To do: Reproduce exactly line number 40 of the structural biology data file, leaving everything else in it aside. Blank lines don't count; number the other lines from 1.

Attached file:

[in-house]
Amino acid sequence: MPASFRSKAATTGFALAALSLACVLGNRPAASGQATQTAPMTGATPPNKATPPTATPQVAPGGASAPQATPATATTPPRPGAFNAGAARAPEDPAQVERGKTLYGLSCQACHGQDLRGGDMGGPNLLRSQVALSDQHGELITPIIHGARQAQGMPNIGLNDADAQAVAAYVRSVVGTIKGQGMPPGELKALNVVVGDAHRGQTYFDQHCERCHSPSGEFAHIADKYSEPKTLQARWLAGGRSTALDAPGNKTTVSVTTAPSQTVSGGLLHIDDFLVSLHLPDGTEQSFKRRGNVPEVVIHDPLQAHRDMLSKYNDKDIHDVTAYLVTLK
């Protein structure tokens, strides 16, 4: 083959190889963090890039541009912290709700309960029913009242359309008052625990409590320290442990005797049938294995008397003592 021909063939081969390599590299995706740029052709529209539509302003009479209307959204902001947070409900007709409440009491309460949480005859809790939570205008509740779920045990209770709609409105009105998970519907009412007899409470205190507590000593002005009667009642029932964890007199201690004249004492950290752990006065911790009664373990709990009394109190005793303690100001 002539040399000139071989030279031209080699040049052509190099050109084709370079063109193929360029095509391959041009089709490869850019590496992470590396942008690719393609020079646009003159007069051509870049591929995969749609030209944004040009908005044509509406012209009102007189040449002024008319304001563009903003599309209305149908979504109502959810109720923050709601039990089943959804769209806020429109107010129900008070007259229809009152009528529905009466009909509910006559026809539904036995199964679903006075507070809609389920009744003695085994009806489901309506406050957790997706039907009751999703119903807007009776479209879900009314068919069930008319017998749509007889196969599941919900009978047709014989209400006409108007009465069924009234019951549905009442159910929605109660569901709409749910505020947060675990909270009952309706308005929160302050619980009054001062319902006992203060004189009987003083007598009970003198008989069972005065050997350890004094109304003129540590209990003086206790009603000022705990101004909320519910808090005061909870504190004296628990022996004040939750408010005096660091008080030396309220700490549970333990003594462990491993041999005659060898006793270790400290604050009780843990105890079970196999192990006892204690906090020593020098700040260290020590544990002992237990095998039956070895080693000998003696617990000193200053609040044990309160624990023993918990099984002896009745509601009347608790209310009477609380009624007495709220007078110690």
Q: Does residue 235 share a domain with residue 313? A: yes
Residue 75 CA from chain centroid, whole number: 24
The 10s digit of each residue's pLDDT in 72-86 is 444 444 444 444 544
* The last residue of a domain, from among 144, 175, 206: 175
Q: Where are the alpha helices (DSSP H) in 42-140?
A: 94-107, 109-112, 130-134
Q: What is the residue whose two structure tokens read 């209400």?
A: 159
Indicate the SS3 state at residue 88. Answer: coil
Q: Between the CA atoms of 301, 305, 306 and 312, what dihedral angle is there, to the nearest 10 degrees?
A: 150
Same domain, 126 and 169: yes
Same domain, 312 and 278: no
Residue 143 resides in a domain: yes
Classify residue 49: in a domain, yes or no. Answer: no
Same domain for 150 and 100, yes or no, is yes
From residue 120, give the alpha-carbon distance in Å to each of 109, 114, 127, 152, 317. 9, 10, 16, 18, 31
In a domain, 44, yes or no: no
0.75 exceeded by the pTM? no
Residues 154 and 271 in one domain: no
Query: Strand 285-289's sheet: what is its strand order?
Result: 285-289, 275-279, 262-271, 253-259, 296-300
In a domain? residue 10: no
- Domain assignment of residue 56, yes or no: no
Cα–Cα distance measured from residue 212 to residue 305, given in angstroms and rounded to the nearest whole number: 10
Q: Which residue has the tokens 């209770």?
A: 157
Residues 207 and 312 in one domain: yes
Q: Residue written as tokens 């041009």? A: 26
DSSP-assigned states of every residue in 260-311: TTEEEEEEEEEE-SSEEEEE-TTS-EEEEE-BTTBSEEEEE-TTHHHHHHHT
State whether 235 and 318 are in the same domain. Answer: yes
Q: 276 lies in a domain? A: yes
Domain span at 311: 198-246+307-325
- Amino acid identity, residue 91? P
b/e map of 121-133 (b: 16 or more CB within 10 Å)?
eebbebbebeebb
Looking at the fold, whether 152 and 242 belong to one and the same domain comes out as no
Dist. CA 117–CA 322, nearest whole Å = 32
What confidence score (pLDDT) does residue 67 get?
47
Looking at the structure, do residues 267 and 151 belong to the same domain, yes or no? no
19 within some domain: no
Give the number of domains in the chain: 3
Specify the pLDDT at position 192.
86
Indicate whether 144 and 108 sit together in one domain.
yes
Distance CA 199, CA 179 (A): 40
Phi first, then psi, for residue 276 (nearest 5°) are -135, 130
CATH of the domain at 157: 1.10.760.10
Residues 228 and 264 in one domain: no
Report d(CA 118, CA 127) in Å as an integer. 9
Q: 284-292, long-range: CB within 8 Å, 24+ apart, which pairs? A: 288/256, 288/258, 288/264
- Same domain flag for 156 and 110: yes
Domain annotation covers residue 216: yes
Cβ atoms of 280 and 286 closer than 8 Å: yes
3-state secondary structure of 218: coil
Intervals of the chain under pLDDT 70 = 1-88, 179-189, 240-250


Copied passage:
Looking at the fold, whether 152 and 242 belong to one and the same domain comes out as no